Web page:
In fact, Fleetwood, which introduced an entry-level Encounter Class A at last winter’s Louisville Show, has hiked its production rates to keep pace with the demand for its motorhomes, which, according to Inkrote, ranked first in national Class C retail sales for January. “We haven’t been in that position in a long time, and we expect the same success to continue through February and March,” said Inkrote, whose new Indiana-based company is a successor to California-based Fleetwood Enterprises Inc., which filed Chapter 11 last year.
What qualifies as a low-priced motorhome in this post-recessionary era for Fleetwood, which builds Tioga, Jamboree, Sport and Ranger-brand C-bodies, are Class C’s retailing for around $75,000 to $80,000 and Class A’s that sell for not much more than that. “We are seeing an MSRP on our Encounter of under $100,000 – a transaction price average of $80,000 to $85,000, which is where that customer is coming in and looking for a used product right now,” said Inkrote. “We’re saying ‘Look at the used, but you can also buy a new one for the same price.’”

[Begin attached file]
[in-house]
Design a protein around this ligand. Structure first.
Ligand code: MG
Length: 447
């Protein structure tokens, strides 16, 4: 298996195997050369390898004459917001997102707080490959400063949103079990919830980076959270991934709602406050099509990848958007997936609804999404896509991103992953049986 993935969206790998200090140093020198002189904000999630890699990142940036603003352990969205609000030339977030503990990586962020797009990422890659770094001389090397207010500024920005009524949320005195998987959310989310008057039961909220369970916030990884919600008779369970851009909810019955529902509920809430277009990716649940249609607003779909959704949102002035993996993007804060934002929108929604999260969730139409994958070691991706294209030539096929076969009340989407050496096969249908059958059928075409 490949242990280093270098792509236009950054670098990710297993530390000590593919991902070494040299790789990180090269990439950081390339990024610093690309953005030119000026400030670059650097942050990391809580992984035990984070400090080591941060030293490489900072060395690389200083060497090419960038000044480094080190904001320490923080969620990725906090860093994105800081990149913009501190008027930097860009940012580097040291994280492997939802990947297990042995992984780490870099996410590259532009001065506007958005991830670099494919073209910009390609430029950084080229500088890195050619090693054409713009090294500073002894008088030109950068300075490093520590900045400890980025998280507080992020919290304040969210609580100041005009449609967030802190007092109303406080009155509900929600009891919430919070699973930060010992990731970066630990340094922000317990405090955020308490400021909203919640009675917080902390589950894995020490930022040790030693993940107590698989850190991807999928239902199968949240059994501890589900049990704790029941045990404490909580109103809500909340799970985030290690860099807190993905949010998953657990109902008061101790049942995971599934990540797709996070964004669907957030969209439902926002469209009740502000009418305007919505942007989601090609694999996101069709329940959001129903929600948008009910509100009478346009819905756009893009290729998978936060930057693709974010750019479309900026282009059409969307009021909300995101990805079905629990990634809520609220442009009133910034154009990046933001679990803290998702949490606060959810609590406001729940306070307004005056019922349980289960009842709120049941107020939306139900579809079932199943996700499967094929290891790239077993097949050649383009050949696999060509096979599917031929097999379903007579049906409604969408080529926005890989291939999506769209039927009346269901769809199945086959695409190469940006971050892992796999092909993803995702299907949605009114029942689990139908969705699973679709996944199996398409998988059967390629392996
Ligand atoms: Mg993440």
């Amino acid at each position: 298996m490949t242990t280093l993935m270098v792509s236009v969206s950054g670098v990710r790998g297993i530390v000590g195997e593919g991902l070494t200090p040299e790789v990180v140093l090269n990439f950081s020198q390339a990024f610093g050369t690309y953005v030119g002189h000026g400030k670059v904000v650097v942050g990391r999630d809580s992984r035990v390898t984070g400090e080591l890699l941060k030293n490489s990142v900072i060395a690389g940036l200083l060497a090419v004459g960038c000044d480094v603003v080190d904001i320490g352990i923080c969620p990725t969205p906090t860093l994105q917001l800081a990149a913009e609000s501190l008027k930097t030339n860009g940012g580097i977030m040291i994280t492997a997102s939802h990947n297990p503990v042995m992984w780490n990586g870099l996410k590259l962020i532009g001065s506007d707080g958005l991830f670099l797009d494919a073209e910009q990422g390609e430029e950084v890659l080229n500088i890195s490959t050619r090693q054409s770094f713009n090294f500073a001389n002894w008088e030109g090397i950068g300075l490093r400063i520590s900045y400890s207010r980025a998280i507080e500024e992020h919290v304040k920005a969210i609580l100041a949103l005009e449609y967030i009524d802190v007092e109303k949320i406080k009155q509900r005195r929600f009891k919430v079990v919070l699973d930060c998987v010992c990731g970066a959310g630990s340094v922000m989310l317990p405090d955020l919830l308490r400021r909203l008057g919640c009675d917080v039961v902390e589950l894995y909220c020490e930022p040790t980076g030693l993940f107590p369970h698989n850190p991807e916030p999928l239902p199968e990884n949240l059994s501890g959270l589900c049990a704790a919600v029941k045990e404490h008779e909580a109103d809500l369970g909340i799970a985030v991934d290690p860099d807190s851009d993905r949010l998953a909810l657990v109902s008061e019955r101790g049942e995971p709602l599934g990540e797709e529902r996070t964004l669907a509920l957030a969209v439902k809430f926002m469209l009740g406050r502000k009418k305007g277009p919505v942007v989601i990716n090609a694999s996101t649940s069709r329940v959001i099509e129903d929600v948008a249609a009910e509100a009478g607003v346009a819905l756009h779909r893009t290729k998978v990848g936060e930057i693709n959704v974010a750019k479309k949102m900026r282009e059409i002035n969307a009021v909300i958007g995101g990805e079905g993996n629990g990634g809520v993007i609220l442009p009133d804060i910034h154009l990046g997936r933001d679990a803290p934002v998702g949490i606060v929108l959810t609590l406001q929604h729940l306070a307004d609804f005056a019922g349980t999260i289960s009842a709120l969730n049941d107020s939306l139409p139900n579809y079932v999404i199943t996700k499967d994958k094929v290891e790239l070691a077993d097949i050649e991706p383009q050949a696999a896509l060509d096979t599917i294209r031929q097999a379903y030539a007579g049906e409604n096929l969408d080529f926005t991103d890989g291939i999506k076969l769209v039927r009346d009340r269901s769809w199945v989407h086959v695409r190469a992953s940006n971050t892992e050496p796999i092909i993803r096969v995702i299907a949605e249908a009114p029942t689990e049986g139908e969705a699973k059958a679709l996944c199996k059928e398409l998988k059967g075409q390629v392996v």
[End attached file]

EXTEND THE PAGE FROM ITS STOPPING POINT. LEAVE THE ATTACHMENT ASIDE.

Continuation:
By the same token, Justin Humphreys, national sales manager for Fleetwood’s American Coach line, sees some growth beyond the low end. “We are seeing an improvement on what we would consider the lower side of the high end market,” he said. “Our Revolution actually doubled sales versus February last year and that’s a good-apples-to-apples comparison because we weren’t in the reorganization period yet. We are seeing a lot of people who had some 45-foot, big heavy diesels trade down into the Revolution, and it offers a great value as well.”
Having been out on the road extensively visiting dealers, Newmar Corp.’s senior management is focused on maintaining long-term relationships on the assumption that those are the key ingredients for future stability and growth.
“This is a continuation of something that we started last September,” said John Sammut, vice president of sales and marketing for the Nappanee, Ind., company. “We decided we were going to get out in front of our dealers during the tail end of what has been a very terrible time in our industry, as well as look for prospective dealers in markets where we’re currently unrepresented.